STREET CHILDREN & ORPHANS:
Street Child is a term for a homeless child residing primarily in the streets of a city (typically in a developing country). The exact definition of a street child is debatable due to the lack of precise categories. The term has largely been used in reference to children who live entirely in the streets, without adult supervision or care. They are often subject to abuse, neglect, exploitation, or, in extreme cases, murder by “clean-up squads” hired by local businesses or police. In Western society, such children are commonly treated as homeless children as opposed to criminals or solicitors.
India is home to 400,000 – 800,000 street children. The Republic of India is the seventh largest and second most populous country in the world. Due to the acceleration in economic growth, an economic rift has appeared between, with 23 percent of the population living below the poverty line.Owing to unemployment, increasing rural-urban migration, attraction of city life and a lack of political will, India now has one of the largest numbers of child laborers in the world.
A case for the consideration of those Adivasi, Rural Areas, Hutment Areas, Slum Areas neglected by Parents or those who lost them at tender age is one of the primary concerns of MFCT.
MFCT cares for them by supplying food and clothing, besides medical support. And in some cases, MFCT has secured their future by putting them in reliable Orphanages, where education is also given besides basic necessities.
In case of middle-aged Orphans, MFCT provides employment opportunities as well, so that so they become self-sufficient.
A Disability may be physical, cognitive, mental, sensory, emotional, developmental or some combination of these. A disability may be present from birth, or occur during a person’s lifetime.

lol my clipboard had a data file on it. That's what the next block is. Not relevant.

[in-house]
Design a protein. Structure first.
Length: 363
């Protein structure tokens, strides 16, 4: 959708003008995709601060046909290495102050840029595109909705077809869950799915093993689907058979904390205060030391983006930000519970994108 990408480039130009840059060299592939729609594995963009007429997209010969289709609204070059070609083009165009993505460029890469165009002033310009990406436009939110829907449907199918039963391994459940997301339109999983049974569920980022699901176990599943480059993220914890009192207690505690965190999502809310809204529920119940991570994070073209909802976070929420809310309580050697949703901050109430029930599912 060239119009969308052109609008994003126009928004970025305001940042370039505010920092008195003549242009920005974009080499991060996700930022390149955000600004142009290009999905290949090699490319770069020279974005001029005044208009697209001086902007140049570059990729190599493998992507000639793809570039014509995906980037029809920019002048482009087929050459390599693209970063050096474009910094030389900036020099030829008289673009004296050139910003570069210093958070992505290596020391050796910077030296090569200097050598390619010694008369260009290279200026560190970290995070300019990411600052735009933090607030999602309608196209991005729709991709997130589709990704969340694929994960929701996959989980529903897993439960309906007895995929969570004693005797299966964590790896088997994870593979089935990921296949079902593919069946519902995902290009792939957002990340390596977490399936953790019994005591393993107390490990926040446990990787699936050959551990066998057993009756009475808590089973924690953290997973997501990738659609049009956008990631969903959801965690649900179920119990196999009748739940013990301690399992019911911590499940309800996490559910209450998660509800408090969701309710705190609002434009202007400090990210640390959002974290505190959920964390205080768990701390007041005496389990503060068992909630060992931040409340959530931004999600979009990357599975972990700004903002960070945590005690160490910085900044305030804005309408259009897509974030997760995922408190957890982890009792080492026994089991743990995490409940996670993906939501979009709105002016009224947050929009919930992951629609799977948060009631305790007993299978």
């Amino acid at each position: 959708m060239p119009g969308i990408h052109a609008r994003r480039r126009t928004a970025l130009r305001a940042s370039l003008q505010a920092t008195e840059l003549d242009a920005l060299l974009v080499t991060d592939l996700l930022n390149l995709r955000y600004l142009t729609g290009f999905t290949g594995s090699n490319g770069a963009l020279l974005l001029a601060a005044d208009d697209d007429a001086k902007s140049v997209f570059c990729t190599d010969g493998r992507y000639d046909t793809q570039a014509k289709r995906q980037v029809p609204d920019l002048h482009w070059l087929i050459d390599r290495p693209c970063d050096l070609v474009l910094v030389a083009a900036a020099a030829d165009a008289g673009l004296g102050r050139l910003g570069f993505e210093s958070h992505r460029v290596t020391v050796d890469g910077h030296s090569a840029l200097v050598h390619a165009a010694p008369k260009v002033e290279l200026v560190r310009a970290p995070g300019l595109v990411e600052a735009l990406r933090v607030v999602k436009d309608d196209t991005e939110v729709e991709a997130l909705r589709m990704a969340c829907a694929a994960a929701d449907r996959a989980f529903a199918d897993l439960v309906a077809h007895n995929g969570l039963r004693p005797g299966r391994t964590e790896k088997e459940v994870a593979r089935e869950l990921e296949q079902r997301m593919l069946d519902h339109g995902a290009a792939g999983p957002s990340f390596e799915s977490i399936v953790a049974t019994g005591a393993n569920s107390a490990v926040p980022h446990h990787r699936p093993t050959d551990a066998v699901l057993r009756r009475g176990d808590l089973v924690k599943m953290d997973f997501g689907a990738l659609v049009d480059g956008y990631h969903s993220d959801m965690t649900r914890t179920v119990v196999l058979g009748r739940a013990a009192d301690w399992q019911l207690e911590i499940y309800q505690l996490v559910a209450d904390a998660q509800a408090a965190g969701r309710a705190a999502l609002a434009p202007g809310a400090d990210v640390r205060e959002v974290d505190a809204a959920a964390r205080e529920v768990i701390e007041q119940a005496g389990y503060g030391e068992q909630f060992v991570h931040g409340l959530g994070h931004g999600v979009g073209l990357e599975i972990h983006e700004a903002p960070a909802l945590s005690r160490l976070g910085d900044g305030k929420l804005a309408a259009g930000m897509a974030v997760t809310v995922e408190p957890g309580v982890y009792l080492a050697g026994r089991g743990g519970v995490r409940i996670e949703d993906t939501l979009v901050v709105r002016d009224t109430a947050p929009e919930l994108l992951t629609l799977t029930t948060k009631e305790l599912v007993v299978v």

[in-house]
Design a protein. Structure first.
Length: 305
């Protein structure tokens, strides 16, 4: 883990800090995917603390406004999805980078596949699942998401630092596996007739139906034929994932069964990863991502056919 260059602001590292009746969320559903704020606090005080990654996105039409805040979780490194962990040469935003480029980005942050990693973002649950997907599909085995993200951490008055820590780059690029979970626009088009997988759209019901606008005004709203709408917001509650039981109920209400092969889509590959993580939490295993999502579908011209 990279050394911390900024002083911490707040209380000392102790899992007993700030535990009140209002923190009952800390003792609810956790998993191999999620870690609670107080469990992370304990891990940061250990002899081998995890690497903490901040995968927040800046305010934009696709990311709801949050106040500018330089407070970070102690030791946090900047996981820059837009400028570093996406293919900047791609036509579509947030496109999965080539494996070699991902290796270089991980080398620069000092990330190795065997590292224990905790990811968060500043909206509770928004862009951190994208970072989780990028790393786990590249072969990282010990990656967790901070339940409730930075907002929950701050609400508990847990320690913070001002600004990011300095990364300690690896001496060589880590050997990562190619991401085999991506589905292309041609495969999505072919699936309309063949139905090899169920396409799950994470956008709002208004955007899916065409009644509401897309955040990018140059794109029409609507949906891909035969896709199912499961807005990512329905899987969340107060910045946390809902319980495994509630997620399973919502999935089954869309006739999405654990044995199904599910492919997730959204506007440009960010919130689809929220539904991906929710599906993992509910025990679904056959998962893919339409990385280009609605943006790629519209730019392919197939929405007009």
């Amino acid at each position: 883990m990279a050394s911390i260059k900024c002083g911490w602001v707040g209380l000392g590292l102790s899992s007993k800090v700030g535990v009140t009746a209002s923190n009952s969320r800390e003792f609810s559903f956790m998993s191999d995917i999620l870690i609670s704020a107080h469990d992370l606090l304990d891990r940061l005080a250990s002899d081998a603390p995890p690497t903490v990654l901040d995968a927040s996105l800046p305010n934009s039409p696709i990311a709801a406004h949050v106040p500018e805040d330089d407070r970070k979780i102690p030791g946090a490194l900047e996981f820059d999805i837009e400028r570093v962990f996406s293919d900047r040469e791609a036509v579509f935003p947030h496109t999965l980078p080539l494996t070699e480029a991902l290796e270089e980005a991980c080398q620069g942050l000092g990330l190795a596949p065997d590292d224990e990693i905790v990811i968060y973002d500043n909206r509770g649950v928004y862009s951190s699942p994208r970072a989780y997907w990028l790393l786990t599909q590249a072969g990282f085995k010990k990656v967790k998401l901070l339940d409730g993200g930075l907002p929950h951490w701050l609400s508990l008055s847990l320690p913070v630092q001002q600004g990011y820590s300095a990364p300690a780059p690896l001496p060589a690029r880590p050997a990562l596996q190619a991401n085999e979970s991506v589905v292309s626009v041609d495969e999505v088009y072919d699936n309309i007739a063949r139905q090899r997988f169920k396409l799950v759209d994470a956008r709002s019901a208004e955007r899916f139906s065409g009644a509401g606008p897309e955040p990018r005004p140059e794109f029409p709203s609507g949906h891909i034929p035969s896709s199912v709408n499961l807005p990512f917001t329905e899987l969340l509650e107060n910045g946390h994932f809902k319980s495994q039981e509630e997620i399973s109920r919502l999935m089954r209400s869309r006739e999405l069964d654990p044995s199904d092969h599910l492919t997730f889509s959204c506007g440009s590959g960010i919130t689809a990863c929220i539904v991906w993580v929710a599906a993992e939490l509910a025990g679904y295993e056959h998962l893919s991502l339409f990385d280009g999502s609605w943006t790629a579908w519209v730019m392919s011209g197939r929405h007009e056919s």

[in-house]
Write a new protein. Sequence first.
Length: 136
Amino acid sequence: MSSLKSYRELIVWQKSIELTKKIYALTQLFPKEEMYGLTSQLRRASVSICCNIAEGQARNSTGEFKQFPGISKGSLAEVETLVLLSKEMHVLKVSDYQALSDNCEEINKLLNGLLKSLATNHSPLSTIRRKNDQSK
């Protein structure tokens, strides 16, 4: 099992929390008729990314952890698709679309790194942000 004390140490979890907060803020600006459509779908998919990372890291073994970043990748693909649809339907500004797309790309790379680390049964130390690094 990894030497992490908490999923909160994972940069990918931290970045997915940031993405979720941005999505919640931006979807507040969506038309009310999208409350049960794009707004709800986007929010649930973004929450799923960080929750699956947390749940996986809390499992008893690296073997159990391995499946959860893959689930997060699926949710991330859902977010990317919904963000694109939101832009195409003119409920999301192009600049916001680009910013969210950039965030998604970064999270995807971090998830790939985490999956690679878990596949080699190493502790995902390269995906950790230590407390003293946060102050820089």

Disabilities is an umbrella term, covering impairments, activity limitations, and participation restrictions. Impairment is a problem in body function or structure; an activity limitation is a difficulty encountered by an individual in executing a task or action; while a participation restriction is a problem experienced by an individual in involvement in life situations. Thus disability is a complex phenomenon, reflecting an interaction between features of a person’s body and features of the society in which he or she lives.
An individual may also qualify as disabled if he/she has had impairment in the past or is seen as disabled based on a personal or group standard or norm. Such impairments may include physical, sensory, and cognitive or developmental disabilities. Mental disorders (also known as psychiatric or psychosocial disability) and various types of disease may also qualify as disabilities.
Some advocates object to describing certain conditions (notably deafness and autism) as “disabilities”, arguing that it is more appropriate to consider them developmental differences that have been unfairly stigmatized by society.
Types of disability:
Disability is caused by impairments to various subsystems of the body – these can be broadly sorted into the following categories.
Main article: Physical disability
Any impairment which limits the physical function of limbs or fine or gross motor ability is a physical disability. Other physical disabilities include impairments which limit other facets of daily living, such as severe sleep apnea.
Further information: Sensory system
Sensory disability is impairment of one of the senses. The term is used primarily to refer to vision and hearing impairment, but other senses can be impaired.
Main article: Visual impairment
Visual impairment (or vision impairment) is vision loss (of a person) to such a degree as to qualify as an additional support need through a significant limitation of visual capability resulting from either disease, trauma, or congenital or degenerative conditions that cannot be corrected by conventional means, such as refractive correction, medication, or surgery. This functional loss of vision is typically defined to manifest with